Detroit Lions quarterback Matthew Stafford recently landed on the Reserve/COVID list due to a "false positive" test. Weeks later, the NFL is dealing with similar issues across the entire league. A rash of false positives recently came to light, all of which came from the same laboratory.
According to Albert Breer of The MMQB, several NFL teams received false positives from one of the testing labs that the league uses. The New England Patriots, New York Jets, Detroit Lions, New York Giants, Buffalo Bills and Cleveland Browns were all among the teams that faced issues heading into the weekend. The number of teams only increased on Sunday as more information surfaced and included organizations such as the Chicago Bears, Minnesota Vikings and Green Bay Packers. Breer said that the players took rapid tests on Sunday morning and all passed.
"Saturday's daily COVID testing returned several positive tests from each of the clubs serviced by the same laboratory in New Jersey," the league said in a statement. "We are working with our testing partner, BioReference, to investigate these results, while the clubs work to confirm or rule out the positive tests. Clubs are taking immediate precautionary measures as outlined in the NFL-NFLPA's health and safety protocols to include contact tracing, isolation of individuals and temporarily adjusting the schedule, where appropriate. The other laboratories used for NFL testing have not had similar results."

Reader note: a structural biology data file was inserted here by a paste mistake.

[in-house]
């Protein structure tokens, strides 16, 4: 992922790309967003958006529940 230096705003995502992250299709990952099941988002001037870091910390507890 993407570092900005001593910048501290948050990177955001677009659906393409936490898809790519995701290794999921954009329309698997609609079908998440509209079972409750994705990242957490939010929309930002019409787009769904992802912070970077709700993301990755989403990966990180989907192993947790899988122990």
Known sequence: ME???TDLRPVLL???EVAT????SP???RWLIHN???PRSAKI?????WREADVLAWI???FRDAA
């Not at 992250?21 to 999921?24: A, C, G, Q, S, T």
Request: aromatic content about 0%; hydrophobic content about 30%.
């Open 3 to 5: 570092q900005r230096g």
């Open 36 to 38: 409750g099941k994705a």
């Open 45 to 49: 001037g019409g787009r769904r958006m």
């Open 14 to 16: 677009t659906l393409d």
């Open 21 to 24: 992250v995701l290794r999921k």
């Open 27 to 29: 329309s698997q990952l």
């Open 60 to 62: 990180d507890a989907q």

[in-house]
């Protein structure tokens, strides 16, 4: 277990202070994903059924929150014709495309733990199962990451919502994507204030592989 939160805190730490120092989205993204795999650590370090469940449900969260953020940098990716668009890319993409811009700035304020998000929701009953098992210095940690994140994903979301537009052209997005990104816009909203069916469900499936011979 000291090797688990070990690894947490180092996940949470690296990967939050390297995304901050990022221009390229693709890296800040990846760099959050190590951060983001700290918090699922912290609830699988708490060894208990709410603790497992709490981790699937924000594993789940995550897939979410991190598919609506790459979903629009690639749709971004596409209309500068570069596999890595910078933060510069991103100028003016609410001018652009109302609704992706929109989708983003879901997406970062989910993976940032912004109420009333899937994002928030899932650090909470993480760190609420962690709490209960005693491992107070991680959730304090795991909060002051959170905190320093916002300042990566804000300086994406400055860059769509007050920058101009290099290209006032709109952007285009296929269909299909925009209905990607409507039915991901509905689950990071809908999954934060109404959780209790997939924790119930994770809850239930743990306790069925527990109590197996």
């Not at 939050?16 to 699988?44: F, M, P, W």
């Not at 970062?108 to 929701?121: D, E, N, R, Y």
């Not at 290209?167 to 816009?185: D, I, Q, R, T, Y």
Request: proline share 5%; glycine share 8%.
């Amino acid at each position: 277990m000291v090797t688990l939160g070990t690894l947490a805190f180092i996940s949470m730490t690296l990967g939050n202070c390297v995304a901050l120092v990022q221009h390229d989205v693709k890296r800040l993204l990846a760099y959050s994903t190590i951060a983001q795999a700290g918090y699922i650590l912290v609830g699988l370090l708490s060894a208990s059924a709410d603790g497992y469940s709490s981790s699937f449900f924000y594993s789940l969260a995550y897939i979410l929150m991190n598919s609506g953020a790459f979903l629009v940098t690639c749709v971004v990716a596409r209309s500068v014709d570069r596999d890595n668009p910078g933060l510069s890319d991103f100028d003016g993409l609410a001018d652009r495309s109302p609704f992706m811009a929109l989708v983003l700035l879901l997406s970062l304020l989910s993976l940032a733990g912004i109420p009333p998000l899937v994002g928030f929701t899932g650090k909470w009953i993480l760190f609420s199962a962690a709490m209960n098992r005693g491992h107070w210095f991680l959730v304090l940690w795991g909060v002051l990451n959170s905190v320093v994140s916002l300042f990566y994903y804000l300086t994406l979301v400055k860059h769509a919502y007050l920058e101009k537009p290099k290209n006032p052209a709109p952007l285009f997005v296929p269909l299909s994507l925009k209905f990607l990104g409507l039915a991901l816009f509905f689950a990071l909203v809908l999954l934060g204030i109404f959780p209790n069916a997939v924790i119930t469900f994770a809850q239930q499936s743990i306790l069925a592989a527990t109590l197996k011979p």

With the number of false positives on Saturday, NFL teams responded by altering their training camp schedules. Several postponed their practice schedules or closed down their facilities. This includes the Browns, but the Ohio-based franchise did ultimately reopen the building after retesting those that tested positive. The Bears, on the other hand, moved 9 a.m. local time practice to the afternoon to retest players and coaches.
"The NFL works with a company, BioReference, and the results are sent to different labs to process them," NFL insider Ian Rapoport said. "Several teams received several positive results, all from the same lab in New Jersey. So what the NFL has now done is dig deeper, go back, retest some of these results and see which of these positives were actually real positives."
Before the string of positive tests, the league had conducted more than 100,000 coronavirus tests since the beginning of training camp. They saw a positivity rate that was a fraction of 1%, which actually dropped. However, the "sudden flood" of positive tests from different organizations drew significant attention. Having the results come from the same lab in New Jersey "raised a red flag."